Source: Thje Biographical Record of Bureau, Marshall and Putnam Counties, Illinois
Originally published 1896
S. J. Clarke Pub. Co., Chicago, IL
Reproduced on CD purchased from OLD GLORY ACCENTS
RELATED LINK: Index to all Biographies from this book
Transcribed by Denise McLoughlin
Tampico Area Historical Society
JOHN H. MILLER
To the enterprising business man of known reliability every community is indebted for its progress and upbuilding, and to this class belongs the subject of this revie, a member of the well-known lumber firm of H. J. MILLER & SON, of Spring Valley. Their yards are the largest to be found inBureau county and they have ever done an extensive business, especially during the years 1886 and 1887. Business was begun under the firm name of H. J. MILLER, SON & DRUGGAN, which connection was contued until 1893, and the firm has since been H. J. MILLER SON.
Our subject is a native of Bureau county, born in Hall Townxhip, November 27, 1856, and is a son of H. J. and Mary A. J. R. (WILLIAMS) MILLER, whose sketch is found elsewhere in this work. His grandfather, Henry MILLER, was born in North Carolina, where his father died, and he was taken by his mother, who bore the maiden name of Elizabeth DETHERIDGE, to Warren county, Kentucky, where her death occurrred. There Henry MILLER wedded Sally HALL, a daughter of Edward HALL, on whose tomb is written "He was a Revolutionary soldier." This sentence was suggested by the father of our subject, and is an inscription of which his descendants may justly be proud, knowing that they belong to the Sons and Daughters of the Revolution. The maternal grandparetns of our subject, Curtis and Mary (PETER) WILLIAMS, were natives of Kentucky, whence they removed to Indiana at an early day, from there proceeding to Sangamon county, Illinois, and then came to Bureau county, settling in Arispie township. The grandfather was born in Warren county. Kentucky, March 16, 1797, and died September 3, 1858, while his wife was born in Washington, Kentucky, March 15, 1804.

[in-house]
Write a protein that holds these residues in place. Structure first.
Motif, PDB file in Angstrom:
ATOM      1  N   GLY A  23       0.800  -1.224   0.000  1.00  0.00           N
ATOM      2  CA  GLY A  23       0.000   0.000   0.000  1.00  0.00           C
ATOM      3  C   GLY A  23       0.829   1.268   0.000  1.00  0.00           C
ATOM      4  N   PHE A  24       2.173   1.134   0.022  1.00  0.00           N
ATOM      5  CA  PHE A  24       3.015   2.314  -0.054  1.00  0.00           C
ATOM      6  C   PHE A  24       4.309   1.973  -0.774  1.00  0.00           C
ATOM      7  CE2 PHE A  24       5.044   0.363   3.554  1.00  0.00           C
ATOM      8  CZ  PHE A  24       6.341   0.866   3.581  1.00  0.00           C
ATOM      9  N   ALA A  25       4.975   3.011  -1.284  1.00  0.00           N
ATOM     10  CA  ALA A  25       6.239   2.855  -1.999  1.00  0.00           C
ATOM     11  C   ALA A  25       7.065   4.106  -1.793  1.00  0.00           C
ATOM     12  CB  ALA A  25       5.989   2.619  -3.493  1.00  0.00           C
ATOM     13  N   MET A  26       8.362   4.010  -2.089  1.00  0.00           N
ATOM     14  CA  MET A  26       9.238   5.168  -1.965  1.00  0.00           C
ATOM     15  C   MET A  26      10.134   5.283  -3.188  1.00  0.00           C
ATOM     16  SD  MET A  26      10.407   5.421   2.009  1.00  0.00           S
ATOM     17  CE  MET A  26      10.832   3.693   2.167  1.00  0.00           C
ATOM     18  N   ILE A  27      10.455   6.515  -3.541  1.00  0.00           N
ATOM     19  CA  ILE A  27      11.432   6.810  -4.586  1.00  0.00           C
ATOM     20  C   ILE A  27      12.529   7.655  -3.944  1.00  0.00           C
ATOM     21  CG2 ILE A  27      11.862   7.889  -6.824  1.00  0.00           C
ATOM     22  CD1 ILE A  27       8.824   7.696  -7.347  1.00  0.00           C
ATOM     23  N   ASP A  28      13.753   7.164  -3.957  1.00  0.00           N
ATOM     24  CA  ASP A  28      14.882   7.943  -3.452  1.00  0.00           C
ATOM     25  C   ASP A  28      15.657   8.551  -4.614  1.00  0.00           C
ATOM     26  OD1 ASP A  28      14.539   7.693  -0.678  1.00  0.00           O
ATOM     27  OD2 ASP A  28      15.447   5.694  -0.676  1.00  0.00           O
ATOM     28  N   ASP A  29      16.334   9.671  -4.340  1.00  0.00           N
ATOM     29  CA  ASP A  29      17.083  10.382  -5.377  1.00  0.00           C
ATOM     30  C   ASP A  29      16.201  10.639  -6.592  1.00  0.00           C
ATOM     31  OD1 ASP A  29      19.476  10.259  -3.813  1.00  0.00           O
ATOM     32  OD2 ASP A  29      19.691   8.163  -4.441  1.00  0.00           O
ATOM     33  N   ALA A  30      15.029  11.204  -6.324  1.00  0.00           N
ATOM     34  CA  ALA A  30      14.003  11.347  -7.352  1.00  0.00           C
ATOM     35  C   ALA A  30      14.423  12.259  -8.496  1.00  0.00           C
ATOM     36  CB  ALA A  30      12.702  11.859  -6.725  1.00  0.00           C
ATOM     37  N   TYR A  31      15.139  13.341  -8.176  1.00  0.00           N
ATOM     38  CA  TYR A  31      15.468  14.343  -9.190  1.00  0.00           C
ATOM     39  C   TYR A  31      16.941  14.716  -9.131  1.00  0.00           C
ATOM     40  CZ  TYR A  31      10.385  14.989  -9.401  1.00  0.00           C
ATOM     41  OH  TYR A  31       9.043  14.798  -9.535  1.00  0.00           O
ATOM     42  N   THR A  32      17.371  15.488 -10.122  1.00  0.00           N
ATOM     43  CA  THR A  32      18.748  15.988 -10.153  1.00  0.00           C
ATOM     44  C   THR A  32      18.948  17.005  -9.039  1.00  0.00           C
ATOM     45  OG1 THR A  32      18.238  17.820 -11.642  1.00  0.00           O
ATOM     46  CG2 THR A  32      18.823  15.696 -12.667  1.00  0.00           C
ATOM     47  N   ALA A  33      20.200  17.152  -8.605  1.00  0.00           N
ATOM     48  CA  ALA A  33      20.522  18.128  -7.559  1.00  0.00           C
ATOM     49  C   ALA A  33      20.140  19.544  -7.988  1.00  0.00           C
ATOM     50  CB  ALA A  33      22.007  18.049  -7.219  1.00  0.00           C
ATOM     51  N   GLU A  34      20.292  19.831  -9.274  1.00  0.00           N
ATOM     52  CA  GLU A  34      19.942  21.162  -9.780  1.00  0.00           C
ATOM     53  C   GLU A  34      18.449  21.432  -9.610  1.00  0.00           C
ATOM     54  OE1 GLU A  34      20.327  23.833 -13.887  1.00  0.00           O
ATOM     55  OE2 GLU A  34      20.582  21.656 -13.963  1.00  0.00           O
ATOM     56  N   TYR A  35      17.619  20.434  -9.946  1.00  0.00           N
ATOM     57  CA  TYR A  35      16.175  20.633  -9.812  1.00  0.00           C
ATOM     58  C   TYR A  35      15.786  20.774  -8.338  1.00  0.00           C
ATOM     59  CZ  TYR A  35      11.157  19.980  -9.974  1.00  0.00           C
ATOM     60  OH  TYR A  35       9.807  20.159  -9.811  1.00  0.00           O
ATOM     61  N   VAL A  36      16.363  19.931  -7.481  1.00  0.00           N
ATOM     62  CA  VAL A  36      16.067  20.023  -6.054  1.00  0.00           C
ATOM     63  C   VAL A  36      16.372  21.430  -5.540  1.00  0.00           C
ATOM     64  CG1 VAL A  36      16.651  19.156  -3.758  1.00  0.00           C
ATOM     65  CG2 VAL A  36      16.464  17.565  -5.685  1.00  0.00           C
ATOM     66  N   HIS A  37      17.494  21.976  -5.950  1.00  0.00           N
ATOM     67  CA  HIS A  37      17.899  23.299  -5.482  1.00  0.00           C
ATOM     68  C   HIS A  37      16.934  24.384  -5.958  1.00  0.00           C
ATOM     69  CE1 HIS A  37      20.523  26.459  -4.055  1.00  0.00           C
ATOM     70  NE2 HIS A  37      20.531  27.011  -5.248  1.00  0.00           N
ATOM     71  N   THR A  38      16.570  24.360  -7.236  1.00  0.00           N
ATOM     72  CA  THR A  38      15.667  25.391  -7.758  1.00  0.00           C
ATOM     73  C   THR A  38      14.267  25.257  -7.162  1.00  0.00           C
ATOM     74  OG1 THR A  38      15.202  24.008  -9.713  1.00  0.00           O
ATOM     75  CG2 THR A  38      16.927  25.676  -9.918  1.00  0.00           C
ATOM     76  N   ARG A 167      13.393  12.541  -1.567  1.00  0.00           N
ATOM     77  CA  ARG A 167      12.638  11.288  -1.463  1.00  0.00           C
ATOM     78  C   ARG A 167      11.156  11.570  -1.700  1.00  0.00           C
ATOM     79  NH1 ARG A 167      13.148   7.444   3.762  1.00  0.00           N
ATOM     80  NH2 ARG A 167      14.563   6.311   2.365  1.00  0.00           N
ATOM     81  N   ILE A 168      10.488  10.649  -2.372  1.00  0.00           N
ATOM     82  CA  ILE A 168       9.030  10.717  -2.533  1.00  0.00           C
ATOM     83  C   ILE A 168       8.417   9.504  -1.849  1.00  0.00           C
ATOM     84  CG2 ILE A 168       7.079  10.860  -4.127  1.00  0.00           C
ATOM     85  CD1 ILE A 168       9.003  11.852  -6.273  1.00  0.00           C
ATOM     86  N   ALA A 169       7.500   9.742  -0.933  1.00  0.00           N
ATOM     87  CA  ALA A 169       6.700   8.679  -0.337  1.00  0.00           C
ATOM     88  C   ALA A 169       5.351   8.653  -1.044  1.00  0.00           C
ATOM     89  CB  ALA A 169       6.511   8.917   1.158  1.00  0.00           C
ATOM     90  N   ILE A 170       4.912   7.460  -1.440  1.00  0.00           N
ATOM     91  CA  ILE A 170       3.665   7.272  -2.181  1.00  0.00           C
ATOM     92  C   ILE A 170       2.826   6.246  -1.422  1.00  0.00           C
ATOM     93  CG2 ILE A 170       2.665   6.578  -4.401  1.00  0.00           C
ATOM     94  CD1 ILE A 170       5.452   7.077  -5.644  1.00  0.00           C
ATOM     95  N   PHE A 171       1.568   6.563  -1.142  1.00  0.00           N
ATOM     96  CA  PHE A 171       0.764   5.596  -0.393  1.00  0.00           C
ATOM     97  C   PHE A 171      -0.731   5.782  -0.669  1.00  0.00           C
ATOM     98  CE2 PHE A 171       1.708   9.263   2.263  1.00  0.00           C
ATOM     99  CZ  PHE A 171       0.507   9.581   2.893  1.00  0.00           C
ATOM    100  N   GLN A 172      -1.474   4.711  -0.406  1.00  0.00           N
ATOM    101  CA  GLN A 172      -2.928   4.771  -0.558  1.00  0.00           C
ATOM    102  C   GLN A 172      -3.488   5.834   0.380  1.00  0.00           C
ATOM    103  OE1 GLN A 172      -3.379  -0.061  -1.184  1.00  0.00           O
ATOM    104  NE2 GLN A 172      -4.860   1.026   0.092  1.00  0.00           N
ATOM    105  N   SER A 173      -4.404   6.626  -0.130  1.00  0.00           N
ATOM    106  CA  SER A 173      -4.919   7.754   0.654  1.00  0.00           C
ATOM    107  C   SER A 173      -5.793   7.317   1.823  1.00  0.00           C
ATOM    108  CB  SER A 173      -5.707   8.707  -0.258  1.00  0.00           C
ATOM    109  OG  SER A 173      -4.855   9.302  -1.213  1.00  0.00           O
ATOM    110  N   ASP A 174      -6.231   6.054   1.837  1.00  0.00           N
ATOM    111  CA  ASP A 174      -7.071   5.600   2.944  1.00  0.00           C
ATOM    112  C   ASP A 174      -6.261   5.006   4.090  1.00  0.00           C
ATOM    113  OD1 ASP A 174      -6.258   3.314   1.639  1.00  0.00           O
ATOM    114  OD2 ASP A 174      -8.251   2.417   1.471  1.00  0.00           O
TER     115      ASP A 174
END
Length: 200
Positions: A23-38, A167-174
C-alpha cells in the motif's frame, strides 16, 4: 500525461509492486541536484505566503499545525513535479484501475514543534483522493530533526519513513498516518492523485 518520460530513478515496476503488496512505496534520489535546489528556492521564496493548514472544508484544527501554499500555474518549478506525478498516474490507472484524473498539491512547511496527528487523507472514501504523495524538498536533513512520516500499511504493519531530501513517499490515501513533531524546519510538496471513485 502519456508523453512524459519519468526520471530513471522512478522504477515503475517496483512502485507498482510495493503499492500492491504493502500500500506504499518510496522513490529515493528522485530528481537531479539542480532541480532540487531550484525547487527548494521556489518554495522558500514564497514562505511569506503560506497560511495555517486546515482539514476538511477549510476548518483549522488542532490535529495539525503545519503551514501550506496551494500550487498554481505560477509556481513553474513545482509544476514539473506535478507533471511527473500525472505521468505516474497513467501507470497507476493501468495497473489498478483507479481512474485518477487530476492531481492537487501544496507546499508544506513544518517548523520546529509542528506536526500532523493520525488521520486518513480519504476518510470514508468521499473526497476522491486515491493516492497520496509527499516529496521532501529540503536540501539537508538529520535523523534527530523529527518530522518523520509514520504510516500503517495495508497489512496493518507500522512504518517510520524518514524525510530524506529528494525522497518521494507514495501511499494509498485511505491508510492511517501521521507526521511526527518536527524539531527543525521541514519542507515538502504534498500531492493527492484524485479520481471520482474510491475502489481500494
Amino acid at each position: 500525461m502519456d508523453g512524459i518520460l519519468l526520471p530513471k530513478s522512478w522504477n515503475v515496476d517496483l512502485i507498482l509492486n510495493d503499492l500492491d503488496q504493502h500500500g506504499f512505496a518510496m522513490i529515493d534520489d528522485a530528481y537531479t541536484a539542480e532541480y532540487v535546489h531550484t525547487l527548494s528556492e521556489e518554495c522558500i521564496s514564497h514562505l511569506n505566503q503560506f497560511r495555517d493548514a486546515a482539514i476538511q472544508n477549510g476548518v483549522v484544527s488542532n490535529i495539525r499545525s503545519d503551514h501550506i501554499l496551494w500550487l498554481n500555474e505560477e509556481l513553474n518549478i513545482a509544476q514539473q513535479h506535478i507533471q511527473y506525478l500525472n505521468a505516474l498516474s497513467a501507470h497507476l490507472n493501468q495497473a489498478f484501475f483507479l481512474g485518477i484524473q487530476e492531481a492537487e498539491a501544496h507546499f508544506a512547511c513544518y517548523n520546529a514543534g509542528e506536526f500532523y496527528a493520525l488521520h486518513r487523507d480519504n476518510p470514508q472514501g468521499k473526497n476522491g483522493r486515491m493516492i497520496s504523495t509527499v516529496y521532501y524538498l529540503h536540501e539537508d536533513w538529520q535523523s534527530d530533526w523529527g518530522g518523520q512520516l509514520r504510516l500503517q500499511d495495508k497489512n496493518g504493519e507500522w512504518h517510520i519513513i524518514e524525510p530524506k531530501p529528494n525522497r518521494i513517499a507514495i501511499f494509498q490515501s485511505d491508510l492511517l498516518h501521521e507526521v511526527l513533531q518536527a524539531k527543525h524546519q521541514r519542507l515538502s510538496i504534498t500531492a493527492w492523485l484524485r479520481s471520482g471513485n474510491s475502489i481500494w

Mr. MILLER of this review, was educated in the common schools, and later took a business course at Adrian, Michigan, under Evans & Grosscup, graduating from the college there in 1875. For a time he then engaged in farming and then started in his present business at Spring Valley. However, he still gives some attention to agricultural pursuits, annually raising about one hundred and fifty acres of corn and from fifty to seventy-five acres of smaller grain.
On the 25th of January, 1877, in Kansas, was celebrated the marriage of Mr. MILLER and Miss Mary E. WILHITE, a daughter of Hampton WILHITE, and granddaughter of Isham WILHITE. Her family were old residents of Bureau county, and her mother, who in her maidenhood was Miss Samantha MANSON, was a native of the county. The home of our subject and wife has been blessed by the birth of the following children. Henry J., Ethel, Royal, Melvin M., C. FIRTH and Maggie.
In politicvs, Mr. MILLER is not bound by party ties, but holds himself free to support the men and measures he deems best. He cares nothing for office, having only served as collector one term. Sociallyt he is connected with S. M. Dazell Lodge, No. 805, F. &^ A. M., and religiously is a member of the Methodist Episcopal church, while his wife holds membership with the Congregational church. He is a wide=awake, progressive citizen, highly respected and esteemed by the entire community and looked up to as a man truly upright and honorable in all things and one whom they can depend upon as a friend.